There are of course new challenges which have emerged – for example, a shortage of housing supply and high demand driving house prices often beyond the multiples available through today’s mortgage frameworks. But these are problems involving a myriad of factors (town planning, taxation, financial regulation and so on) that are capable of being solved if, as a society, we will our governments and parliamentarians to do so.
There have also been examples of bad practice and abuse requiring society to respond; excessive charges or rogue operators pursuing morally questionable tactics. It was precisely to combat these that the UK has established one of the most comprehensive and rigorous regulatory regimes governing financial services of any country in the world, and why trade associations such as the Credit Services Association have developed strong codes of practice to provide additional reassurance to customers and creditors alike. We have learned that good governance and common standards must accompany financial services innovation.
Credit does come with a cost. But if regulated appropriately, society benefits from available credit – the convenience it offers, providing choice for individuals, flexibility if required and forbearance in repayments when necessary. For every borrower there is a creditor, in a cycle of credit driving the engine of our economy. Creditors are too often perceived as faceless banks, when the truth is they are collectives of savers, pensioners or households. A family moving home and renting out their property until ready to sell. The local gym offering membership benefits. A restaurant waiting for the invoice to be paid after catering a wedding party. They all offer credit in varying forms.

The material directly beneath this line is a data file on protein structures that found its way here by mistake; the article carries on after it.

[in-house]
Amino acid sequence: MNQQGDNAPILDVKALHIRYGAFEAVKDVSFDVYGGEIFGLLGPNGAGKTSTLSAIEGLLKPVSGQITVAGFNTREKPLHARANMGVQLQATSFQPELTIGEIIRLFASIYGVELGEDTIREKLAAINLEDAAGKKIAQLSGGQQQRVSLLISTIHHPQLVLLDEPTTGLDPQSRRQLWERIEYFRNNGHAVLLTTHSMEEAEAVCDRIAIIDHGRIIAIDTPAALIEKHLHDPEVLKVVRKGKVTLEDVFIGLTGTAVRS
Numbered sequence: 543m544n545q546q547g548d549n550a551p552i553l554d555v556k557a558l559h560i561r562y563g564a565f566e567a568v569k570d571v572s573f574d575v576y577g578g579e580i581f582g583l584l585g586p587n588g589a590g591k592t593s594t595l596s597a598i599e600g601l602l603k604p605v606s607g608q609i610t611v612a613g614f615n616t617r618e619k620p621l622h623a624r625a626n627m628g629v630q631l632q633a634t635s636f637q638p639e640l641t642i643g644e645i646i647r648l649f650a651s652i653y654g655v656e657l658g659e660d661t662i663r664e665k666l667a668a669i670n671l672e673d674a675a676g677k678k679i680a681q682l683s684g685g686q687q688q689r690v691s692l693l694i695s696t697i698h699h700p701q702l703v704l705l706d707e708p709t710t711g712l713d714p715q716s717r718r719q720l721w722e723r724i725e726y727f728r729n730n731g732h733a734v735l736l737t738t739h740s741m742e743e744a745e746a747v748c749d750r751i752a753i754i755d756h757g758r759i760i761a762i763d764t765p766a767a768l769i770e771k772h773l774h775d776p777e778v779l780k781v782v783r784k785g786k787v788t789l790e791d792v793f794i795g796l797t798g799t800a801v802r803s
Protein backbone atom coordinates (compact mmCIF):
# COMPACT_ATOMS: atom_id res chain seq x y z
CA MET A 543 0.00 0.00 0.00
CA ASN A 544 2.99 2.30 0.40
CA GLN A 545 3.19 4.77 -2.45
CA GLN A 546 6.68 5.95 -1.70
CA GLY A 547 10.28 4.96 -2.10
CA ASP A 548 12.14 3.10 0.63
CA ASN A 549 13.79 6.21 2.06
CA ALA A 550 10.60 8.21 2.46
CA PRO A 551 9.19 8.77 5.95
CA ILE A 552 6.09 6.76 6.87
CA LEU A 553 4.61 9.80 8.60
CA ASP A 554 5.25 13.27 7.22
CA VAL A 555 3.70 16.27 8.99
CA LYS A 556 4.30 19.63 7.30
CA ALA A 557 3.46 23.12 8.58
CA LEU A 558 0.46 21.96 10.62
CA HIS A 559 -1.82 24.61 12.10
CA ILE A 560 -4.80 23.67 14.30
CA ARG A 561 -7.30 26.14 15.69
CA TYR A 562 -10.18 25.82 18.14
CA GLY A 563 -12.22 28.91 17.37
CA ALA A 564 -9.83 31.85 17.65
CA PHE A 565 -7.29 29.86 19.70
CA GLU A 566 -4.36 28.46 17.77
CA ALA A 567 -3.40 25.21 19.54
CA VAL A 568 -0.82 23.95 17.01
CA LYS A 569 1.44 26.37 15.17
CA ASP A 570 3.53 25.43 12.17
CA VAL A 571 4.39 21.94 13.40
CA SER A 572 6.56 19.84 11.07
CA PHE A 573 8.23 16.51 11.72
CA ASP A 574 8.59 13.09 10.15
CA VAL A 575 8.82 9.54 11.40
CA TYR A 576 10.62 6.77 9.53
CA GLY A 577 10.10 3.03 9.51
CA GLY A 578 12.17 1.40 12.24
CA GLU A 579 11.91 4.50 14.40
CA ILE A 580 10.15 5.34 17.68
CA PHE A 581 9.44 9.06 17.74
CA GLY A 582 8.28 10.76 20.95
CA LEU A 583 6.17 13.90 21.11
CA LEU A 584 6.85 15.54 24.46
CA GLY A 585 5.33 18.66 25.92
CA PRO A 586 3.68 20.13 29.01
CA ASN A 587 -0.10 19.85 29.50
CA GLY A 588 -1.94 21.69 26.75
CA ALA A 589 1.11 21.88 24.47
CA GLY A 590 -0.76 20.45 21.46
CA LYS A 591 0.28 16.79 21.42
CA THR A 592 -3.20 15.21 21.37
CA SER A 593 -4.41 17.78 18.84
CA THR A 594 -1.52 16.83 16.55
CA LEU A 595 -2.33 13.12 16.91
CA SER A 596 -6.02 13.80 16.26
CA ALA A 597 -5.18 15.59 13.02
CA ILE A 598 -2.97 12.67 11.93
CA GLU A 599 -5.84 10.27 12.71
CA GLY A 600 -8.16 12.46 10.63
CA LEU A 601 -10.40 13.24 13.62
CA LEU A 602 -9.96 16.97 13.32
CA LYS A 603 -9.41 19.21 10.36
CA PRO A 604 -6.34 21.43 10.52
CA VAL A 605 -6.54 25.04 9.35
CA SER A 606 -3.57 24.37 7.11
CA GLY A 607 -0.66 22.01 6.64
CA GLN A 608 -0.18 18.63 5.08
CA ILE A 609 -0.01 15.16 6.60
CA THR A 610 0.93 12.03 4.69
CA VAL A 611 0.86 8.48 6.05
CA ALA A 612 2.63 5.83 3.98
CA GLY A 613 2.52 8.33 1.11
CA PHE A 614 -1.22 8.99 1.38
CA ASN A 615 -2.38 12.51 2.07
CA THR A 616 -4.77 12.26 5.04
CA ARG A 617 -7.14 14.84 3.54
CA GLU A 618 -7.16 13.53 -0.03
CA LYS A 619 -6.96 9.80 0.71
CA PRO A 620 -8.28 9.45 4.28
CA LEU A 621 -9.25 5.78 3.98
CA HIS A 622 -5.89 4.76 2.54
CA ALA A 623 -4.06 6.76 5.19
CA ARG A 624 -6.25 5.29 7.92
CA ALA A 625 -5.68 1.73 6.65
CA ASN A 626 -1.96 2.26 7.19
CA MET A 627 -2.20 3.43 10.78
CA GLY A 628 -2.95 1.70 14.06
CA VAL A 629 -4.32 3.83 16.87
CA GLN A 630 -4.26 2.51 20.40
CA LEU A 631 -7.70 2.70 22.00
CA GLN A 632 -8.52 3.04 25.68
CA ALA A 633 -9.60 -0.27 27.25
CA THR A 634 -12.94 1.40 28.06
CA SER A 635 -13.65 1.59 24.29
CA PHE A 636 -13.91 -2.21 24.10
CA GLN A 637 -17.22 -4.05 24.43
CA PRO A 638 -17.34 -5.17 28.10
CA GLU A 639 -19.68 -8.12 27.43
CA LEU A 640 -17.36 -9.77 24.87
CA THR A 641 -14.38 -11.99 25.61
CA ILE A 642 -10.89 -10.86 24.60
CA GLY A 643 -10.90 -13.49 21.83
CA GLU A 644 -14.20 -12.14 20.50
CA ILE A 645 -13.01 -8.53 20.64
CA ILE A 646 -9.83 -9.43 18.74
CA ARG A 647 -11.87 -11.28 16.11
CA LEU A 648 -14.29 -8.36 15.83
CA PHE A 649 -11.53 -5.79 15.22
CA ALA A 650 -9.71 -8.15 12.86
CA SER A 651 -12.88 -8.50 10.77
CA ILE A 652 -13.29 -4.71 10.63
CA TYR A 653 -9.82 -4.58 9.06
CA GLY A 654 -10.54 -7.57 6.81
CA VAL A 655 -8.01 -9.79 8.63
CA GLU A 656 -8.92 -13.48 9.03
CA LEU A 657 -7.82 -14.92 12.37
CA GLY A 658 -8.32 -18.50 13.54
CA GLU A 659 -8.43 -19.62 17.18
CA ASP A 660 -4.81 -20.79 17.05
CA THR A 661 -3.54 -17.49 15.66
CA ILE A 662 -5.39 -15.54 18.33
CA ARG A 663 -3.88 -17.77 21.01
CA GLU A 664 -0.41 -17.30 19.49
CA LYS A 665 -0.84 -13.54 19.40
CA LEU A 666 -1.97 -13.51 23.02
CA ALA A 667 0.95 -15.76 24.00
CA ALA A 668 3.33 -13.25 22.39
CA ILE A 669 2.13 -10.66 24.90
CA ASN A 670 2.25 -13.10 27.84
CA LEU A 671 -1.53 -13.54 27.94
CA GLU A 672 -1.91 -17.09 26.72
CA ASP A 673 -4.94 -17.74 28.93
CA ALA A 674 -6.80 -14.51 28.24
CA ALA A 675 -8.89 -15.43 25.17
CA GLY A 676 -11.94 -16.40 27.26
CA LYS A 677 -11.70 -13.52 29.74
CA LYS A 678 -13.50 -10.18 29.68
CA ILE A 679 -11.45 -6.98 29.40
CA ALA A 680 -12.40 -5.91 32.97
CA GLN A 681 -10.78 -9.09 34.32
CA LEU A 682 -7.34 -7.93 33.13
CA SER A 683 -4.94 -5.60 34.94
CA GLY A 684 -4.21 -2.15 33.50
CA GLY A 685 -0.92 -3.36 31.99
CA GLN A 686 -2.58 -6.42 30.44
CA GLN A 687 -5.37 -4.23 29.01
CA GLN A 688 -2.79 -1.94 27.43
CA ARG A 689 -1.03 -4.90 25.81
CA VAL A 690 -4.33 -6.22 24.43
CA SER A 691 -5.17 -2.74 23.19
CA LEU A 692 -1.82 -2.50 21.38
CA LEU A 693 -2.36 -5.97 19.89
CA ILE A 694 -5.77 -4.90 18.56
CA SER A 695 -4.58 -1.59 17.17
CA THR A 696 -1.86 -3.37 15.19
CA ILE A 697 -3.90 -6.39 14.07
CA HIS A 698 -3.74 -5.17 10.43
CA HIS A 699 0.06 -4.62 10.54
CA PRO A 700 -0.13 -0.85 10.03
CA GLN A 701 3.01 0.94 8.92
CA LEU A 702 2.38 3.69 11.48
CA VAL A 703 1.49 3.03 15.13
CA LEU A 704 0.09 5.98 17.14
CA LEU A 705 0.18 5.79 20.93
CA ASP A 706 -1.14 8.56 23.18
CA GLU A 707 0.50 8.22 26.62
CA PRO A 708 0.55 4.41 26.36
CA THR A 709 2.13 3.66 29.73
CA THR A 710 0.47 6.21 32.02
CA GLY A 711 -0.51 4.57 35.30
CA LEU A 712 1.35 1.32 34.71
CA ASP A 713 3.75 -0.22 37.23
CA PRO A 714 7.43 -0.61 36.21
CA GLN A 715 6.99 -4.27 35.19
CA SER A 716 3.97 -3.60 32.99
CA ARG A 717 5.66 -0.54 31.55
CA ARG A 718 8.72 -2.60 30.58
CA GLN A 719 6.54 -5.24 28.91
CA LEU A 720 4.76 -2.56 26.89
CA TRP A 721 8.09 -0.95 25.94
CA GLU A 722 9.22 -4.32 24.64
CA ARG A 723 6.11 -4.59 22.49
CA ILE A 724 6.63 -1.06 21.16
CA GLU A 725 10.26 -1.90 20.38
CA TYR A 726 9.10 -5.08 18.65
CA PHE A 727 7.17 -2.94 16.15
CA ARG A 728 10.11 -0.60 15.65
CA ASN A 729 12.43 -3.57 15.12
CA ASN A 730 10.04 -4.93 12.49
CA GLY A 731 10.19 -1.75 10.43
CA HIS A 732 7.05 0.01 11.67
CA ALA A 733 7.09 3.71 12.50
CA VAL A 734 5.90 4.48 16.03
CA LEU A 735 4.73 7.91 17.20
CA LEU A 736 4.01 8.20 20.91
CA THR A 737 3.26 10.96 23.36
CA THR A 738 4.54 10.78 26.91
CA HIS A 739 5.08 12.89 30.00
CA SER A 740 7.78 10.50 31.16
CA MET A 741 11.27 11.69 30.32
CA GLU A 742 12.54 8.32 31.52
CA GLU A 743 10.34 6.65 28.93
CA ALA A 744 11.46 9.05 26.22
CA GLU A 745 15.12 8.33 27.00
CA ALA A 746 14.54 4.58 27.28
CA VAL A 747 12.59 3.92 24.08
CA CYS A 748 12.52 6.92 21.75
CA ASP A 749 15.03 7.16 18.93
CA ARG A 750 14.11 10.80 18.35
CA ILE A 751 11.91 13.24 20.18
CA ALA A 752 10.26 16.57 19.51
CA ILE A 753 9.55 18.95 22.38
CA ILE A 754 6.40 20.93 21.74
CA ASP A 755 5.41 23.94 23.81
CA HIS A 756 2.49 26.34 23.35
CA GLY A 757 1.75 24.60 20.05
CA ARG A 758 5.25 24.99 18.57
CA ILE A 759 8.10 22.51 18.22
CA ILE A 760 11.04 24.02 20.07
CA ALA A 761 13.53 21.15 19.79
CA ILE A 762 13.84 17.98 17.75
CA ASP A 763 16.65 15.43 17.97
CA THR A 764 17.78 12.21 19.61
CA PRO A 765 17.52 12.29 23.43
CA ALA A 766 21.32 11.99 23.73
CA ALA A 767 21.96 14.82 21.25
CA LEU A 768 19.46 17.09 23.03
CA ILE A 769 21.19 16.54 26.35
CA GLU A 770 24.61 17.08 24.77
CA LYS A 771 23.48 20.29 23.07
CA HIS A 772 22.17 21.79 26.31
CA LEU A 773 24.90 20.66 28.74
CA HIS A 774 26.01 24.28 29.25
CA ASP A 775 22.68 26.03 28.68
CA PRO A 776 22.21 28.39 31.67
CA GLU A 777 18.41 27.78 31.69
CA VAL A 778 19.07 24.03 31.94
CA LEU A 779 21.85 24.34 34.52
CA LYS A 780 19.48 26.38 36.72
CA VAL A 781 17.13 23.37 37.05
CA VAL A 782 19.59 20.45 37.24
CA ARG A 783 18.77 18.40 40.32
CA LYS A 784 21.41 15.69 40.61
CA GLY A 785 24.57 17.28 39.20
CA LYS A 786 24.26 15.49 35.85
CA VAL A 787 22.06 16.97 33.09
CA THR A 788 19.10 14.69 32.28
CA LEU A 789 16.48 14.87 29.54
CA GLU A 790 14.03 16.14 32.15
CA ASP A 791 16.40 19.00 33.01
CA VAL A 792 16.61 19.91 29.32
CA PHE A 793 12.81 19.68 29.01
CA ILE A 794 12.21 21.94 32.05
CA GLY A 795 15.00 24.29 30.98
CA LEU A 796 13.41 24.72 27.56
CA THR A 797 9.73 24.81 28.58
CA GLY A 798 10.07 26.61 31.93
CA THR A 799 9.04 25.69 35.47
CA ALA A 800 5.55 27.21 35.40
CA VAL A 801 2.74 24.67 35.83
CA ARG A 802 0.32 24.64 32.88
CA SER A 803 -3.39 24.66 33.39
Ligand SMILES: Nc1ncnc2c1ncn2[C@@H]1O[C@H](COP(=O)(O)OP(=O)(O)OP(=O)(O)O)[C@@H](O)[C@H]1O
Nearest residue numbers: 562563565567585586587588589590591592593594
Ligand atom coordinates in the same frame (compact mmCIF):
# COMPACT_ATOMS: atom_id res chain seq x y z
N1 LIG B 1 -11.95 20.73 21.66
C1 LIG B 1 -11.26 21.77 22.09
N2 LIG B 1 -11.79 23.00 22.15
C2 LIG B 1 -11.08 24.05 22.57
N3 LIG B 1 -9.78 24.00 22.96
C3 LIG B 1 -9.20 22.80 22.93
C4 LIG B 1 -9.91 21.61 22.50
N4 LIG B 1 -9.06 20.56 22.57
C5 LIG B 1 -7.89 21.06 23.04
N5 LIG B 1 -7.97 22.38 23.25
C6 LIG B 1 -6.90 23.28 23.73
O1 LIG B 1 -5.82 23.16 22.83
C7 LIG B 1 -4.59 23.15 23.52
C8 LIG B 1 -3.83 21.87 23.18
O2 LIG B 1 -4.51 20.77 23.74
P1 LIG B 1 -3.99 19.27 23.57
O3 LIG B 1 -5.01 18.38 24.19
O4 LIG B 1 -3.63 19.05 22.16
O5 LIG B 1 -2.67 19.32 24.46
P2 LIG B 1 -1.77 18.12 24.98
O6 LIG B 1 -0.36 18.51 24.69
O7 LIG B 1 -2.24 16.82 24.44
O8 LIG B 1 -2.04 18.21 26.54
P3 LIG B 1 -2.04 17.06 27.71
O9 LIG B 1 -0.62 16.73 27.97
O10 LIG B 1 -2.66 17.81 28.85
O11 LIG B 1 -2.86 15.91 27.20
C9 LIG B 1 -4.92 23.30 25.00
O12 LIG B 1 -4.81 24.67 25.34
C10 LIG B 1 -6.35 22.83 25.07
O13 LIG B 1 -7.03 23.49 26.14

Sometimes we forget that our economy is built upon these millions of individual transactions, agreements, deals and choices, where each participant has a mutual responsibility to one another (often unspoken) and where those shared responsibilities – creditor to borrower and vice versa – are the bonds of trust and reciprocity we each have as stakeholders in society.
If the last decade helped us realise the importance of regulatory standards, then maybe this is the decade in which we begin to properly value and appreciate the obligations we have to one another as stakeholders in the credit cycle.
How best should we nurture those mutual responsibilities so we all gain as a result? The obvious starting point is basic financial literacy and money education, equipping young people so they understand how credit works, the considerations made by both lenders and borrowers, how legal obligations are framed, how mortgages work and the nature of compound interest. Making sure society’s financial stakeholders have full insight into the obligations they are entering into should be a basic prerequisite.